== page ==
months after they first became aware of Global's illegal rental activities in November 1991." Id. at 9.
Since the time this motion was fully submitted the parties have completed discovery, and this case has been marked ready for trial.
To obtain injunctive relief, the moving party must show (a) irreparable harm, and (b) either (1) a likelihood of success on the merits or (2) sufficiently serious questions going to the merits and the balance of the hardships tips decidedly in favor of the moving party. Jackson Dairy, Inc. v. H.P. Hood & Sons, Inc., 596 F.2d 70, 72 (2d Cir. 1979); see, e.g., Hasbro Bradley, Inc. v. Sparkle Toys, Inc., 780 F.2d 189, 192 (2d Cir. 1985) (copyright infringement case).
Irreparable harm normally will be presumed in a copyright infringement case if the moving party can show a reasonable likelihood of success on the merits. See Wainwright Securities, Inc. v. Wall Street Transcript Corp., 558 F.2d 91, 94 (2d Cir. 1977), cert. denied, 434 U.S. 1014, 54 L. Ed. 2d 759, 98 S. Ct. 730 (1978). In other words, generally, "the plaintiff's burden for obtaining a preliminary injunction in copyright cases collapses to showing likelihood of success on the merits, without a detailed showing of danger of irreparable harm." 3 Melville B. Nimmer & David Nimmer, Nimmer on Copyright, P 14.06[A], at 14-84 to -85 (1993) (footnotes omitted).
However, as noted above, defendant argues that plaintiffs' motion should be denied because plaintiffs unreasonably delayed in bringing this motion. Even though defendant contends that plaintiffs learned of defendant's allegedly infringing activities over two and one-half years before they commenced this action on May 25, 1993, it appears that the earliest plaintiffs could have been aware of defendant's infringing activities by use of the Deferred Billing Plan was in March 1991 (when that plan was implemented), just over two years prior to this action. Nevertheless, even if the delay in commencing this action is significantly less than defendant contends, plaintiffs do not adequately explain the delay. Though the Court recognizes that some of the delay must have been attributable to plaintiffs' efforts to sufficiently investigate defendant's practices and secure sufficient evidence to commence an action and bring a preliminary injunction motion, the delay presented far exceeds the time reasonably necessary to accomplish that task.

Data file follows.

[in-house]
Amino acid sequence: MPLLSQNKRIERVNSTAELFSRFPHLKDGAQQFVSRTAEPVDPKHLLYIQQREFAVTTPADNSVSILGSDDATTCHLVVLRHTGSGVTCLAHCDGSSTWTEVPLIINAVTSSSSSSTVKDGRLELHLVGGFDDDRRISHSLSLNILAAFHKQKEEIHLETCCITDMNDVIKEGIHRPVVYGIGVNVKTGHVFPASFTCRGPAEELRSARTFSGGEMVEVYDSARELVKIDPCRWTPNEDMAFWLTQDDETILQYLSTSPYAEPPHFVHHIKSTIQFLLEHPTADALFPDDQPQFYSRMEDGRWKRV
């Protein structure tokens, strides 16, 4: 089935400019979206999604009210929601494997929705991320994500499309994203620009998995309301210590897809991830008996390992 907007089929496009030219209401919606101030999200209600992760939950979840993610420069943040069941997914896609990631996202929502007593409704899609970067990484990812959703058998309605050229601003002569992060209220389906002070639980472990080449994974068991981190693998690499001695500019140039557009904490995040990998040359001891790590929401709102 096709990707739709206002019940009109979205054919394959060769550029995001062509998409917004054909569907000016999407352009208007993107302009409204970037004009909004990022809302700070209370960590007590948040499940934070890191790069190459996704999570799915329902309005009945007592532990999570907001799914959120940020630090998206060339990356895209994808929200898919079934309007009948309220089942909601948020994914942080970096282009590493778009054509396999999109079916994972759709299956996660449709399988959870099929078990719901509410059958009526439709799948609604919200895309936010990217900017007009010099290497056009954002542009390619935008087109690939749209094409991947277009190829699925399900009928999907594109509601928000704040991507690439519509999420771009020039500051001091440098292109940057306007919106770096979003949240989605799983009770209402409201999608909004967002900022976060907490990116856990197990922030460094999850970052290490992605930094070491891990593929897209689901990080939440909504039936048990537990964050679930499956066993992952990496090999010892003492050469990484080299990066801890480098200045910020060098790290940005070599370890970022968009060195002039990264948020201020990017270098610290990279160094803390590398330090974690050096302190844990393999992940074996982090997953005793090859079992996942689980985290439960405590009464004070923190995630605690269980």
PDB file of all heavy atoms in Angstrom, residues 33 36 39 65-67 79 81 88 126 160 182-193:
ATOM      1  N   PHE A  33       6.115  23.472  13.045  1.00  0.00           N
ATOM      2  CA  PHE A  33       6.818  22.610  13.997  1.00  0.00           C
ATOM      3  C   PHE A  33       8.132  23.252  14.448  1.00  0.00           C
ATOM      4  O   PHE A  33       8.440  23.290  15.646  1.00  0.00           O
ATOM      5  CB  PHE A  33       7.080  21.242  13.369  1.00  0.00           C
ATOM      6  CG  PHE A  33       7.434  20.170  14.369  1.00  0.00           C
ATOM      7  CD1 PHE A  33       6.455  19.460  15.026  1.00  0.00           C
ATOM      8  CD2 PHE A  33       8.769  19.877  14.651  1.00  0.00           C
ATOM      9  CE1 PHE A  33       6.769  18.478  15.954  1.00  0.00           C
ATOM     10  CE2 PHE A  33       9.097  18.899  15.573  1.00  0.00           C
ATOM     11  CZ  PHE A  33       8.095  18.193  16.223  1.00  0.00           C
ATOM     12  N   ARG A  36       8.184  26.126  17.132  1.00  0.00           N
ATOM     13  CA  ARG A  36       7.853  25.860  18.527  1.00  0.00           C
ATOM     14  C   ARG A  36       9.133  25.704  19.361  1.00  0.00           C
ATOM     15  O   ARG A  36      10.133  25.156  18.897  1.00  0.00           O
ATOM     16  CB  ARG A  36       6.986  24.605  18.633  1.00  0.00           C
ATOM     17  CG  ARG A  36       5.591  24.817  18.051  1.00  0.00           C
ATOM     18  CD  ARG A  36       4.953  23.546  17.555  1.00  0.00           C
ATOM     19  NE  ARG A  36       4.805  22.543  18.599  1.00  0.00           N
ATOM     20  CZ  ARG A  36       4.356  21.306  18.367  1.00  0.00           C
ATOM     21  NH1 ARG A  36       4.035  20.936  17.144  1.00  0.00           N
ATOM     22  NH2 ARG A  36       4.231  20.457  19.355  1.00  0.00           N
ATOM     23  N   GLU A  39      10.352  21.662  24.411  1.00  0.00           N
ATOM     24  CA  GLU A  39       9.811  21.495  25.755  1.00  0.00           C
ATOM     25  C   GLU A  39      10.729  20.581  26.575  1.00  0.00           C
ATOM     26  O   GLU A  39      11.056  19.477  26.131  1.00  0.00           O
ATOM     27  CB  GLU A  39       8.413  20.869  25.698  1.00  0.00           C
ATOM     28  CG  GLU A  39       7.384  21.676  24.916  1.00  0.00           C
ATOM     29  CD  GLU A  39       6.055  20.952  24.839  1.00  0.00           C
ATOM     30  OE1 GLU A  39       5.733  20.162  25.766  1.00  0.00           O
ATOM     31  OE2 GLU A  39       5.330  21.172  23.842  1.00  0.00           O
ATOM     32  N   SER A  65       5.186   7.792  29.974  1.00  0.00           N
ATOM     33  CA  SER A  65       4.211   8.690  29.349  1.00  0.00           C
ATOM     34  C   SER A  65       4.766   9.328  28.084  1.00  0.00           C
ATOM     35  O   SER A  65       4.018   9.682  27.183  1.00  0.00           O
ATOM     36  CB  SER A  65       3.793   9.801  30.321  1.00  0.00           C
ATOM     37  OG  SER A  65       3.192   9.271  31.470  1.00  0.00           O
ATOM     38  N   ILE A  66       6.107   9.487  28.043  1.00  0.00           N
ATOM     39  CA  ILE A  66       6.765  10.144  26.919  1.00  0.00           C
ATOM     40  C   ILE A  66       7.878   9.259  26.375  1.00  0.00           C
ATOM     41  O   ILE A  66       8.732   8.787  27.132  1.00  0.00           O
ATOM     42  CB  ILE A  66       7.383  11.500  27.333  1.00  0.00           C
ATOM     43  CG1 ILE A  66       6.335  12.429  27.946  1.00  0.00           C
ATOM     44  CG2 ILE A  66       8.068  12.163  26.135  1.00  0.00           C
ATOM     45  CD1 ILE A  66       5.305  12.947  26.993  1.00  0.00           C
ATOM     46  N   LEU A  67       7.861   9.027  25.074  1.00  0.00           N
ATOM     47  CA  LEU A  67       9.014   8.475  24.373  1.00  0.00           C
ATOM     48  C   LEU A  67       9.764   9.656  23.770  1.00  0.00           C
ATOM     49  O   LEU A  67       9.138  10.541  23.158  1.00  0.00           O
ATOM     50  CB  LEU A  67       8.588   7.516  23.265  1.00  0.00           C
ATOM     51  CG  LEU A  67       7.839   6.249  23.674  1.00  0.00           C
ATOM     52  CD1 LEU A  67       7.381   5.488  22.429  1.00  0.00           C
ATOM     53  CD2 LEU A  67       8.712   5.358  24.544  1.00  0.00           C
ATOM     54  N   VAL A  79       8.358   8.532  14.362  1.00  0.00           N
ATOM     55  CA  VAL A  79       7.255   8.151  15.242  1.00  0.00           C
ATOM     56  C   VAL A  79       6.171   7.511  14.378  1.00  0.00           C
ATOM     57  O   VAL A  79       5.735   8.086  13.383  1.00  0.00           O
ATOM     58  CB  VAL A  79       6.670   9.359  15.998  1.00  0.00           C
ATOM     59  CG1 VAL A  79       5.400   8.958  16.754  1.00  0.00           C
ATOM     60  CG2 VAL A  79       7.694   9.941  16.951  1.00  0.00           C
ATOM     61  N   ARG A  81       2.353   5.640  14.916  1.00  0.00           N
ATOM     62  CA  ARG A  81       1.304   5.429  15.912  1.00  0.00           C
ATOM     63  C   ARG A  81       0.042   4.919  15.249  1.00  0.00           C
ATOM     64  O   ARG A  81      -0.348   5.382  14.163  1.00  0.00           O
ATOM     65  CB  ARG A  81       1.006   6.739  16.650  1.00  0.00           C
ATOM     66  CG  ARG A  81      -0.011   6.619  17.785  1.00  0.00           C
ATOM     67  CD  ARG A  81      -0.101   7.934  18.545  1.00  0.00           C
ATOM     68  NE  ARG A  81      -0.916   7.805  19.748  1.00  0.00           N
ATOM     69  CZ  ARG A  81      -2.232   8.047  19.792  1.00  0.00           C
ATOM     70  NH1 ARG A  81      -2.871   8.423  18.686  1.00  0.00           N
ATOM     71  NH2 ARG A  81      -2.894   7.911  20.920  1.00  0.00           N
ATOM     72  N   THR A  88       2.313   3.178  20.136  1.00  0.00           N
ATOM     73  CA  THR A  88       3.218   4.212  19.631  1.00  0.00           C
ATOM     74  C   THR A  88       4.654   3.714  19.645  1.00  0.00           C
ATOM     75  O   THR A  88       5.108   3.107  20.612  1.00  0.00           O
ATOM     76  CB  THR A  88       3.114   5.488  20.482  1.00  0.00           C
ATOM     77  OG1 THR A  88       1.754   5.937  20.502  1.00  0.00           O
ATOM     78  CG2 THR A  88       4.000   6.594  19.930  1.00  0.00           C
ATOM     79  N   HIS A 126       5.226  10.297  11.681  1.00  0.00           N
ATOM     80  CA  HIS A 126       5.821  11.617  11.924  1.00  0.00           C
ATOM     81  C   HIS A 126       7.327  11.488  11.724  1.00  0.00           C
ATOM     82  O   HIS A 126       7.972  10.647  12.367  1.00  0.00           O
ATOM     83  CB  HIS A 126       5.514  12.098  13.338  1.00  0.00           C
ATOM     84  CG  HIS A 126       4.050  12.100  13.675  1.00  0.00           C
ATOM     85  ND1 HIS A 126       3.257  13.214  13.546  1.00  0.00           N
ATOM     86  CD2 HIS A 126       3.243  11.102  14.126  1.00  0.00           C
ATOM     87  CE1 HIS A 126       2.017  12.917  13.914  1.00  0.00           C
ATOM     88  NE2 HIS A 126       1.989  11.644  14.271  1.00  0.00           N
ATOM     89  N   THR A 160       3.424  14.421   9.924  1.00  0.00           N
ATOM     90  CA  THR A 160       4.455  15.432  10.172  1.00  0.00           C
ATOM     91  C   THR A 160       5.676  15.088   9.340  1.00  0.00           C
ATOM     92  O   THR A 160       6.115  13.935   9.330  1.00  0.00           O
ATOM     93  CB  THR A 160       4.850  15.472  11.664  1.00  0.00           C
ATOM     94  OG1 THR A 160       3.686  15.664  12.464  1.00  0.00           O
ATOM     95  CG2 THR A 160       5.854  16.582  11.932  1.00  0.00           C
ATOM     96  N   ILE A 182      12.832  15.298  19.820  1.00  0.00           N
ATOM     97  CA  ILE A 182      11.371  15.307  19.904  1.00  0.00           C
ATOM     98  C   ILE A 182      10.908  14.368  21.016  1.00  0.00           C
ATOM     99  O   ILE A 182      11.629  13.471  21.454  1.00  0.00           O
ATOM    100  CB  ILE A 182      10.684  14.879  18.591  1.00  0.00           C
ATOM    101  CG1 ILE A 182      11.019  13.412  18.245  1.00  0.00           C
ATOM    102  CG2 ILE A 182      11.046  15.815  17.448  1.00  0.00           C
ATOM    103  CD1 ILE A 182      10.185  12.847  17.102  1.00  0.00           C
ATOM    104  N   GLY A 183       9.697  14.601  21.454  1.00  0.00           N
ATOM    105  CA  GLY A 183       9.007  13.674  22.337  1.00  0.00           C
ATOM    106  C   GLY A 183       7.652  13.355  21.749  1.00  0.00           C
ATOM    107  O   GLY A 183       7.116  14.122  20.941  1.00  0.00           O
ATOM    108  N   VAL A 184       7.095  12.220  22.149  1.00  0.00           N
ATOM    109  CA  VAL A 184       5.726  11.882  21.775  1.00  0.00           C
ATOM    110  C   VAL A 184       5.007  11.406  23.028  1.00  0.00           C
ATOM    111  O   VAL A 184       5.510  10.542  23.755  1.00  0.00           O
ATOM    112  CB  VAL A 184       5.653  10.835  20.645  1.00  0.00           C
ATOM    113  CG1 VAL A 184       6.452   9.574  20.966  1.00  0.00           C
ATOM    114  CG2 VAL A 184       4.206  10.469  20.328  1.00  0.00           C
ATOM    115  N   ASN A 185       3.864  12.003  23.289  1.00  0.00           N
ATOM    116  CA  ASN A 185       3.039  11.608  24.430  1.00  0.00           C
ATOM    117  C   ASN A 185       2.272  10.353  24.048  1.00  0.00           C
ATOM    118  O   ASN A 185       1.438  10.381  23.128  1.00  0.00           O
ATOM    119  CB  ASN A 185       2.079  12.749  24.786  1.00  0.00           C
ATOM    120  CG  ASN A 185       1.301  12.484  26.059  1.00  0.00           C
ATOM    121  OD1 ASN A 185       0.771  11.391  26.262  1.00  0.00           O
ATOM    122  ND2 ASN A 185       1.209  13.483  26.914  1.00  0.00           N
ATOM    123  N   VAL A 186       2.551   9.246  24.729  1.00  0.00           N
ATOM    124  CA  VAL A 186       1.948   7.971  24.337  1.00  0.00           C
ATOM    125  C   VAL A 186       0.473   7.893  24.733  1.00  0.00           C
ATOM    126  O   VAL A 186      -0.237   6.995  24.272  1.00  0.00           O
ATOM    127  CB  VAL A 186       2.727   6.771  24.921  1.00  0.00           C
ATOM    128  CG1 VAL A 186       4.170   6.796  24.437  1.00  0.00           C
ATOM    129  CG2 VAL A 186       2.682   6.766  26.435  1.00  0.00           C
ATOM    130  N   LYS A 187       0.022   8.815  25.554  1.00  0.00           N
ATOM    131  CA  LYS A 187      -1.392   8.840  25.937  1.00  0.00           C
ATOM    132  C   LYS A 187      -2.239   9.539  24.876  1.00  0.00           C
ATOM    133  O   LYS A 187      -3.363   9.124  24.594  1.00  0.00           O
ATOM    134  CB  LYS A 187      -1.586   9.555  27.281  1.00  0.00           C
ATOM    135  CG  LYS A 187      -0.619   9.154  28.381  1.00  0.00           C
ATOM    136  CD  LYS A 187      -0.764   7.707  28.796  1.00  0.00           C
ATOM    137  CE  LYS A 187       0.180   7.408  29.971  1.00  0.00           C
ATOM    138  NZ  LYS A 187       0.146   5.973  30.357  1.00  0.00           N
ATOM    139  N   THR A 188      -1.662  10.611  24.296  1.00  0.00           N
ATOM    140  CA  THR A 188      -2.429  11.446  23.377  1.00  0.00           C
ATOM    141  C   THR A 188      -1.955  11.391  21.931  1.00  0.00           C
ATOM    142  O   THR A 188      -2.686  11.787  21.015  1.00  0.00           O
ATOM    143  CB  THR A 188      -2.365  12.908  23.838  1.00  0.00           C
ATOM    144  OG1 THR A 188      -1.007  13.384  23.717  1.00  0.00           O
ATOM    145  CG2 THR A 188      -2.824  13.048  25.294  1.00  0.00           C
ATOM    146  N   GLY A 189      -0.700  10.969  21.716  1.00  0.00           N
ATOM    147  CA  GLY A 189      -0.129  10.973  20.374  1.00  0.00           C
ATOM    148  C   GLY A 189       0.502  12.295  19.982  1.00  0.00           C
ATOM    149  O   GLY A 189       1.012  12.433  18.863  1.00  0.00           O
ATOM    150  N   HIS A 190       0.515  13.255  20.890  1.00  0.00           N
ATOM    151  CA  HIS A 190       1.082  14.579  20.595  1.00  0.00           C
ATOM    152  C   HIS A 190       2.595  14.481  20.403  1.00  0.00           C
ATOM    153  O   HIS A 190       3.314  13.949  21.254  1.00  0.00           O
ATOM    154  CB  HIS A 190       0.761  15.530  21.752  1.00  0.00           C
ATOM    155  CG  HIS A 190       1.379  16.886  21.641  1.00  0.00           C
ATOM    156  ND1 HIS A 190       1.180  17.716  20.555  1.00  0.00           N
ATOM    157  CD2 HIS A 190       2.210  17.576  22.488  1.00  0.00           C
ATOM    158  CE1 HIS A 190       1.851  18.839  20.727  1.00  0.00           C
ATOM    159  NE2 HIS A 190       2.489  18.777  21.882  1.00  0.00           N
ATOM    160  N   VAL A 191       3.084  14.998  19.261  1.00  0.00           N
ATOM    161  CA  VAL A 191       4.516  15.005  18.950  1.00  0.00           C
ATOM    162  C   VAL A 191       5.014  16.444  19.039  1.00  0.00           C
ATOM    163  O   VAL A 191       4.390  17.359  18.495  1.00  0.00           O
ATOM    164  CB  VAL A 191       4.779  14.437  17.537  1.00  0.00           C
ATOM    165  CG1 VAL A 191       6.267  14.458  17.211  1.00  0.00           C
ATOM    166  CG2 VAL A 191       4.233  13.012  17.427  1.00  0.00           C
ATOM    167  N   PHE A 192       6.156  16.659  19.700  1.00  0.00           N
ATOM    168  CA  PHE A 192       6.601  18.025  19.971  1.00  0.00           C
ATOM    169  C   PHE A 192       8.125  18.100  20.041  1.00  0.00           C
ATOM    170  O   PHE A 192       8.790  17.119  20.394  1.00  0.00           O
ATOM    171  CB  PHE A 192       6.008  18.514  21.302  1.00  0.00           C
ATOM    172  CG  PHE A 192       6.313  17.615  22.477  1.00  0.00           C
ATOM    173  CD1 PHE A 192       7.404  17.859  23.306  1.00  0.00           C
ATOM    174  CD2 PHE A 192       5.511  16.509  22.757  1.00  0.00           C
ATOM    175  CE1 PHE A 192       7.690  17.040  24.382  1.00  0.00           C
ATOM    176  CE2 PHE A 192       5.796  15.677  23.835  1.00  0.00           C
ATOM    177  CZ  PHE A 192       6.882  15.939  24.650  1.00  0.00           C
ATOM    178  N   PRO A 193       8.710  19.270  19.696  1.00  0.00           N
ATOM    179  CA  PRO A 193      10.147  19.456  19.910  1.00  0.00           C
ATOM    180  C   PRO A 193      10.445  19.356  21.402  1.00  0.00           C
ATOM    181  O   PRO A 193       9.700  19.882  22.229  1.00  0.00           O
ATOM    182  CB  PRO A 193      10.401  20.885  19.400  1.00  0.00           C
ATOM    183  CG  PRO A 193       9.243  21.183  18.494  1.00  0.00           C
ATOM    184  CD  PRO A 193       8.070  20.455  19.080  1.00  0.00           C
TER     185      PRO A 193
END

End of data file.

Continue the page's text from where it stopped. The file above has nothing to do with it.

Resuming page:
Plaintiffs expend considerable effort in arguing that their delay does not warrant denying their motion for a preliminary injunction because defendant has not shown prejudice from the delay. However, plaintiffs rely on cases addressing the effect of delay on a request for permanent injunctive relief, and apparently ignore cases addressing the effect of delay in applying for preliminary injunctive relief. Contrary to plaintiffs' argument, the period allowed to elapse prior to seeking a preliminary injunction need not rise to the level of laches to bar preliminary injunctive relief. Majorica, S.A. v. R.H. Macy & Co., 762 F.2d 7, 8 (2d Cir. 1985). Citibank, N.A. v. Citytrust, 756 F.2d 273, 276 (2d Cir. 1985). As the Second Circuit stated in Majorica, a trademark infringement case:
Lack of diligence, standing alone, is insufficient to support a claim of laches; the party asserting the claim also must establish that it was prejudiced by the delay. Lack of diligence, standing alone, may, however, preclude the granting of preliminary injunctive relief, because it goes primarily to the issue of irreparable harm rather than occasioned prejudice. "Significant delay in applying for injunctive relief in a trademark case tends to neutralize any presumption that infringement alone will cause irreparable harm pending trial, and such delay alone may justify denial of a preliminary injunction for trademark infringement."